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What is Dollar Cost Averaging and Why Should You Use it?

What is dollar cost averaging? Also called the constant dollar plan, it is the technique of investing a fixed amount of money consistently. When purchasing stocks, this allows more shares to be purchased when prices are lower, and less shares when prices are higher.

dollar cost averaging

For example, let’s say you established dollar cost averaging of $400 a month into a manufacturing company. At $25 a share, you’d be able to buy 16 shares the first month. If the price dropped in the second month to $20 a share, you would purchase 20 shares… and so on.

If you can understand that investments rise and fall in value constantly, you can become better prepared to deal with the fluctuations. When dollar cost averaging, you look at a loss in value as a greater buying opportunity, instead of immediately writing off the experience as a loss.

Assuming the price of the investment does eventually rise, a dollar cost averaging plan will help you capitalize on lower market swings by assigning you more shares. It also helps you stay consistent as an investor, which will materialize into superior gains in the long term.

Even if the price of the investment doesn’t rise to the point that you originally planned, dollar cost averaging still helped you save consistently. While you might’ve lost some value in your investment, which can happen with any investment, you can still sell out and reallocate your funds to a better opportunity.

Because of this chance of loss, you want to make sure you are pairing a solid dollar cost averaging plan with diversification. This is a fantastic way to maximize your investment gains.

The benefits of dollar cost averaging are clearly advantageous to most investors. Best of all, this strategy helps you automatically buy low and sell high.

You’ll buy more shares when stock prices are lower, and buy less when stock prices are higher. Over the long term, a system like this will help you both stay invested in the market and profit from its natural bear and bull market cycles.

Combine Value Investing with DCA

Many greats have made a living from value investing. They have been documented in their abilities to beat the market. You probably have heard of the most famous value investor Warren Buffett. There’s also others such as Buffett’s mentor Benjamin Graham, John Templeton and Seth Klarman.

These greats had the patience to wait for the market to adjust to their liking and the wisdom to know which opportunities were worth investing in. Obviously, this is easier said than done.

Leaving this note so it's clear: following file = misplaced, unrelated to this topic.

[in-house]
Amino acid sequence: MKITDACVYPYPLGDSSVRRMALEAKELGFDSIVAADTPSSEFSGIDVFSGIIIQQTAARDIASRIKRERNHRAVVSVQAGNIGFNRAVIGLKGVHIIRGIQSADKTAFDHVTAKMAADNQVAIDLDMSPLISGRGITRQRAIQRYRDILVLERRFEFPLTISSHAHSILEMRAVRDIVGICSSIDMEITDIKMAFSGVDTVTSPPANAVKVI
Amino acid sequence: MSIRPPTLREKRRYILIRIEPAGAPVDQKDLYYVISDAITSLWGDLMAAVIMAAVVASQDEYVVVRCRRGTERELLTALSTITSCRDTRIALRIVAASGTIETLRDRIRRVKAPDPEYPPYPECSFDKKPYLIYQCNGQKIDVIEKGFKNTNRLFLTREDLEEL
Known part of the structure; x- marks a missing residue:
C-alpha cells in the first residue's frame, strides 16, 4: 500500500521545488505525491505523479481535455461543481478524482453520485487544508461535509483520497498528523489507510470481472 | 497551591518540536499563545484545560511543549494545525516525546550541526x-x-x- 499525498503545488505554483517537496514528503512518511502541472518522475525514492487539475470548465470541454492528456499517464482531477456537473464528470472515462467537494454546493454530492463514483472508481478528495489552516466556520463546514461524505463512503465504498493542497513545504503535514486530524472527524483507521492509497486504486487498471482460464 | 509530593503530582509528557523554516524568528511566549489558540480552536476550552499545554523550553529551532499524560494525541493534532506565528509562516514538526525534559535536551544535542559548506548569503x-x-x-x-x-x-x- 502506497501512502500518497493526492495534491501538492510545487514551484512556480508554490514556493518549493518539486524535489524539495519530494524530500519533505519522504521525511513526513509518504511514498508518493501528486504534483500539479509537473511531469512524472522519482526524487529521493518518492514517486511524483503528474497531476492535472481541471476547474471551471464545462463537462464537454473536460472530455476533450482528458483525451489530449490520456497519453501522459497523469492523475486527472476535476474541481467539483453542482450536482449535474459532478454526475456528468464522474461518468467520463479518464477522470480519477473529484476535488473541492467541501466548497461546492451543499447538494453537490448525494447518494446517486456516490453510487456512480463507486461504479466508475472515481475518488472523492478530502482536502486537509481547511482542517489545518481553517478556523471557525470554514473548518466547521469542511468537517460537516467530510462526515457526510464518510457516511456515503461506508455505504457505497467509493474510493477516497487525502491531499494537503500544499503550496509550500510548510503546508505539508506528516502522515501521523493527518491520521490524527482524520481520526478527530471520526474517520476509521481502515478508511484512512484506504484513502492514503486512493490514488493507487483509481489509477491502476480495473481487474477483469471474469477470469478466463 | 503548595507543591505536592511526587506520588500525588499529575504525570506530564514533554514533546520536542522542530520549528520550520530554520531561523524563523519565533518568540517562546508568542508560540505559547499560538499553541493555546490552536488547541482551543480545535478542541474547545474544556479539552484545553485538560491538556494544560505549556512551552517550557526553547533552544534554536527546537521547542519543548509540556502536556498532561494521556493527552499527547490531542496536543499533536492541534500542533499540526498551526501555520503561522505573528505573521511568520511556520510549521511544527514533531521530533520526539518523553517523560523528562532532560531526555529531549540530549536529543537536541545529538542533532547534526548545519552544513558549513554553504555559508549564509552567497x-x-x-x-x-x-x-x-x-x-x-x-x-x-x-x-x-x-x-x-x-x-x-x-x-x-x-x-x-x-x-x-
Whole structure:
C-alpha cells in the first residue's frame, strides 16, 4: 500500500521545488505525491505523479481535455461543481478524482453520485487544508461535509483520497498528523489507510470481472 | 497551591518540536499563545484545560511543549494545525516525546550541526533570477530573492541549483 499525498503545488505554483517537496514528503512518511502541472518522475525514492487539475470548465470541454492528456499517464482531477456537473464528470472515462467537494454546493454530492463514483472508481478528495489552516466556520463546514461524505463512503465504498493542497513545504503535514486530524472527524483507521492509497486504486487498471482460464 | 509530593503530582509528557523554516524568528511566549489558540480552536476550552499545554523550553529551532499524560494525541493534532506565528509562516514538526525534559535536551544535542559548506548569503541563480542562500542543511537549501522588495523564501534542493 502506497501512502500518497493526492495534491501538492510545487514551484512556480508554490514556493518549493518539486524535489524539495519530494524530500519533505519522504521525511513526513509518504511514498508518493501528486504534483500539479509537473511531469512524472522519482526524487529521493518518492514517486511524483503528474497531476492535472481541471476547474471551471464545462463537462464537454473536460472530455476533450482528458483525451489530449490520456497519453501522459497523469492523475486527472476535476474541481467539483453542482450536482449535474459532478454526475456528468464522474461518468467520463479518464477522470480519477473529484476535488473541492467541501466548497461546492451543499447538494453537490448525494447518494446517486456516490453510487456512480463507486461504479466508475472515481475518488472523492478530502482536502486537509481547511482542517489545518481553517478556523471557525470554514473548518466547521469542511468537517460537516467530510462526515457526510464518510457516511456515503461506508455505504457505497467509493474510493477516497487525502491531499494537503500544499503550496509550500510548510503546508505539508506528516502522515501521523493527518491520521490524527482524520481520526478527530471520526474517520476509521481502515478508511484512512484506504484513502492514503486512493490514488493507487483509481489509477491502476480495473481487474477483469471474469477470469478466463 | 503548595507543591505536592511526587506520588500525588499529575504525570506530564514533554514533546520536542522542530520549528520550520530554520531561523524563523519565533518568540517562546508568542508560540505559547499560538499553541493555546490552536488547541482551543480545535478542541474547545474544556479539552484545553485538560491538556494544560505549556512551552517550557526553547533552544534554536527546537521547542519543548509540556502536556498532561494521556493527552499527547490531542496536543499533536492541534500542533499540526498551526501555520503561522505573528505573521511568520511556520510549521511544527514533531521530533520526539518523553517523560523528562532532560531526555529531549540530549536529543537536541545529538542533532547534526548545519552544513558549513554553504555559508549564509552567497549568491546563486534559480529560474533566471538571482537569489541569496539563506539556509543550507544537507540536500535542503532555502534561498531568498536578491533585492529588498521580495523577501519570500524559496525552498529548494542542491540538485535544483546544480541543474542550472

The secret behind their success is really no secret at all. Basically, the concept of value investing boils down to understanding what a company’s intrinsic value is… and buying that company’s stock when it is trading at a discount to that intrinsic value.

This is a concept termed “margin of safety”. When you buy a company with a margin of safety, this means you are buying it at less than its intrinsic value. Let’s say the company closed shop tomorrow and sold off all of its assets and paid its liabilities. With its cash in the books, would the company have any value?

If the answer to that question is yes, then you’ve found a typical value investment. These are the kinds of stocks that the legends look for.

A company that is priced at less than its liquidation value gives the investor a margin of safety, because in the worst case if the business shuts down tomorrow the stockholder still owns a cash value in the company’s excess liquidation proceeds. Any additional margin between the price paid and this balance creates the margin of safety and provides the investor with a hefty profit.

Wheras most of Wall Street believes that a stock must have higher risk to give higher returns, the value investor uses the concept of margin of safety to state that a stock with lower risk actually has the best chance at higher returns.

What you’ll generally see on Wall Street is that most companies never get to the liquidation stage. More often than not, a company will be temporarily hated on the street and thus trading at a discount, but will eventually recover as time goes by.

This happens over and over again, until the enterprising value investor is able to compound his wealth nicely by finding many of these situations.

Combining a potent strategy like value investing to another effective investment strategy like dollar cost averaging and diversification can reap rewards for yourself for many years to come.

Don’t be the person who can’t recognize true value when they see it.

Take advantage of this new knowledge. If you want to learn more about value investing, and get tips that have been passed down from the investing greats like Warren Buffett and Benjamin Graham, subscribe to my free list.